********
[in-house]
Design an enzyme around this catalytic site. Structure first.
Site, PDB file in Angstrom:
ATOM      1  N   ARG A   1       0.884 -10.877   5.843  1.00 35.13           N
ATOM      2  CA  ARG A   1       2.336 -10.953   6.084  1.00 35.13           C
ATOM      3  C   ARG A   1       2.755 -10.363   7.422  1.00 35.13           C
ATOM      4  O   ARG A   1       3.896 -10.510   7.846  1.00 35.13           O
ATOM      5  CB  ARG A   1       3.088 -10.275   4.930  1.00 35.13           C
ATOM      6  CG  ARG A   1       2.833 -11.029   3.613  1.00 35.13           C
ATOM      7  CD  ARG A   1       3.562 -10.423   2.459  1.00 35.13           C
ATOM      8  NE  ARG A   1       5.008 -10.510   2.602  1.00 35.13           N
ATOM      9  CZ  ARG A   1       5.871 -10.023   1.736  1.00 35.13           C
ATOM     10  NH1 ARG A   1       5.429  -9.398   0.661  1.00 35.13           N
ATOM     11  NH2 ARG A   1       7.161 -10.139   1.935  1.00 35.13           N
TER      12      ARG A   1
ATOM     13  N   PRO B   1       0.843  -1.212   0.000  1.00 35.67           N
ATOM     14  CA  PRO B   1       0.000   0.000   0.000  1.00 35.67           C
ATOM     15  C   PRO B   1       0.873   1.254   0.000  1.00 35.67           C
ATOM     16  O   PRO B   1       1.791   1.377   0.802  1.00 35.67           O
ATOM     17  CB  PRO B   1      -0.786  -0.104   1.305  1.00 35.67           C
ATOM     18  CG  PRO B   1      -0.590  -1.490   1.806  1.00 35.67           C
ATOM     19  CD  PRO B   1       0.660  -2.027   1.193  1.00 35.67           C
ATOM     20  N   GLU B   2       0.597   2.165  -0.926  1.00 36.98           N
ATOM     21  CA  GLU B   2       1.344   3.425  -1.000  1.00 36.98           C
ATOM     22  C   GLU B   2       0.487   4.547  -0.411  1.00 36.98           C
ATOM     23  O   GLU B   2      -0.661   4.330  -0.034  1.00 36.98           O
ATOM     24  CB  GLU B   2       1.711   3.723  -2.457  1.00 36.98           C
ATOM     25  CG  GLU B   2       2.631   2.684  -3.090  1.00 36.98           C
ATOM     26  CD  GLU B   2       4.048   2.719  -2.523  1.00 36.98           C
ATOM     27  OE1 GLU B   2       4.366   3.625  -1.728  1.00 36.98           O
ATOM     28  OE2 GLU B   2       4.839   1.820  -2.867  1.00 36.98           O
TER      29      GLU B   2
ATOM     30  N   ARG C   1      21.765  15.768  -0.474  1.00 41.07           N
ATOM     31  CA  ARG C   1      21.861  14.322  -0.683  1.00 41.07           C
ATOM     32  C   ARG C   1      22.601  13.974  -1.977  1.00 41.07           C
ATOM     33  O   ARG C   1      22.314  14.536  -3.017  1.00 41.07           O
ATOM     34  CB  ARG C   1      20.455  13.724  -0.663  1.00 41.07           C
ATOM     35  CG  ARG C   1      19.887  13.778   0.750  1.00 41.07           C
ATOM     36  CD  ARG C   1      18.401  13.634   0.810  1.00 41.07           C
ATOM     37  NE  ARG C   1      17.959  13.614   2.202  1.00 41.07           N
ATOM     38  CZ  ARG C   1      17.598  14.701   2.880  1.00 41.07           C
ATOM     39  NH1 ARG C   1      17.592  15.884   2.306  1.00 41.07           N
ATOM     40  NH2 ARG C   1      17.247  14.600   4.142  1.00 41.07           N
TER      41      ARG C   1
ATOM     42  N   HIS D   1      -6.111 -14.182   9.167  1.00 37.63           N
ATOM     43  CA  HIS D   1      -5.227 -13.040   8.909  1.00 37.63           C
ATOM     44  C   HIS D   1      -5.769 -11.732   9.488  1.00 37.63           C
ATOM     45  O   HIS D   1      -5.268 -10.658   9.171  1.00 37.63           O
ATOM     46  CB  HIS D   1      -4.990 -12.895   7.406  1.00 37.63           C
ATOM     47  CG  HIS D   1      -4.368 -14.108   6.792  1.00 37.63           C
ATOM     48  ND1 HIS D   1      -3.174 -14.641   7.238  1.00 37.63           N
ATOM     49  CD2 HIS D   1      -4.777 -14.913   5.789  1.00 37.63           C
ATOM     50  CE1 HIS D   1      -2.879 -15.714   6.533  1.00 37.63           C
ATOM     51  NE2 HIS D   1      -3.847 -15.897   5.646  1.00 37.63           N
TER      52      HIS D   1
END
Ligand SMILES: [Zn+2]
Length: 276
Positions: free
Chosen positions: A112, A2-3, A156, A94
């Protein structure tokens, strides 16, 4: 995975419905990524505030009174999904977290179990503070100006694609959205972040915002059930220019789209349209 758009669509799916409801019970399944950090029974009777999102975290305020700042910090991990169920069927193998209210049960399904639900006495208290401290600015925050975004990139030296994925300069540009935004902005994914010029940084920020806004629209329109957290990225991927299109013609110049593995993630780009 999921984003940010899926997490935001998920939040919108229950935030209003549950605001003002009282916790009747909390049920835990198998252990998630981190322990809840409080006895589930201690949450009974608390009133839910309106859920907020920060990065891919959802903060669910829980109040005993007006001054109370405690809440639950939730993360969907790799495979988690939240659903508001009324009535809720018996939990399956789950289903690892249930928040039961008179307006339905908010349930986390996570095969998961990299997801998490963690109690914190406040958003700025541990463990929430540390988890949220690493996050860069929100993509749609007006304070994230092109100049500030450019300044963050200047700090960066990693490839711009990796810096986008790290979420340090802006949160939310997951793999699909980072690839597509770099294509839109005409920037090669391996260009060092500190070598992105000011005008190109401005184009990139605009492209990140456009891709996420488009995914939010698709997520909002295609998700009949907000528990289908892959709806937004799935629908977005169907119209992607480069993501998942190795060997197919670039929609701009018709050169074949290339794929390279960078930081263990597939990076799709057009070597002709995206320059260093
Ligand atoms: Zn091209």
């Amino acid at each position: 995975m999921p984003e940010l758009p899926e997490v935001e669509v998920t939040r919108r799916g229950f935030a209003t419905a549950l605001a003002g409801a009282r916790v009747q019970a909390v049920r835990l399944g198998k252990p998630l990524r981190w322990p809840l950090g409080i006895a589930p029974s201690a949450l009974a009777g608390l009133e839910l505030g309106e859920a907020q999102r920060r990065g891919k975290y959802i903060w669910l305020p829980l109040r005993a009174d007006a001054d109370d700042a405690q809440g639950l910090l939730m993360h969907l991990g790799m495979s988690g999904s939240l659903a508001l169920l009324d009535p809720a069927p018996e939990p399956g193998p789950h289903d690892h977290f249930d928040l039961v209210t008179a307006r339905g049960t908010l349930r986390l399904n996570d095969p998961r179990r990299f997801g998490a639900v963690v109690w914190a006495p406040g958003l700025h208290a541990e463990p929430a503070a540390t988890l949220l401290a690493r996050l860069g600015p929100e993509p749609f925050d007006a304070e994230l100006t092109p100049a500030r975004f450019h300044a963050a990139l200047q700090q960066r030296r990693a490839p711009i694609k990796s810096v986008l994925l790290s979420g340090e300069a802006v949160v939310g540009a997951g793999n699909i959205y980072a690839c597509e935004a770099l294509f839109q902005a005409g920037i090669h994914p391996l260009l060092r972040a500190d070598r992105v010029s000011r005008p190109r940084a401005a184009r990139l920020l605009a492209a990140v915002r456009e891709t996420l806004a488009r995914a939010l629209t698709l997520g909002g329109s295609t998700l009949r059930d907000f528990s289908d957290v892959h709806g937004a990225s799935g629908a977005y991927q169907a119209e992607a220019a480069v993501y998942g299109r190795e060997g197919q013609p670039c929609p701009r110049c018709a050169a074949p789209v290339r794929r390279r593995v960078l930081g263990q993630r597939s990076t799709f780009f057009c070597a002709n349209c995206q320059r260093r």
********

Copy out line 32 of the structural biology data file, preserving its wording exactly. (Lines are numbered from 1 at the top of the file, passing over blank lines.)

TER      29      GLU B   2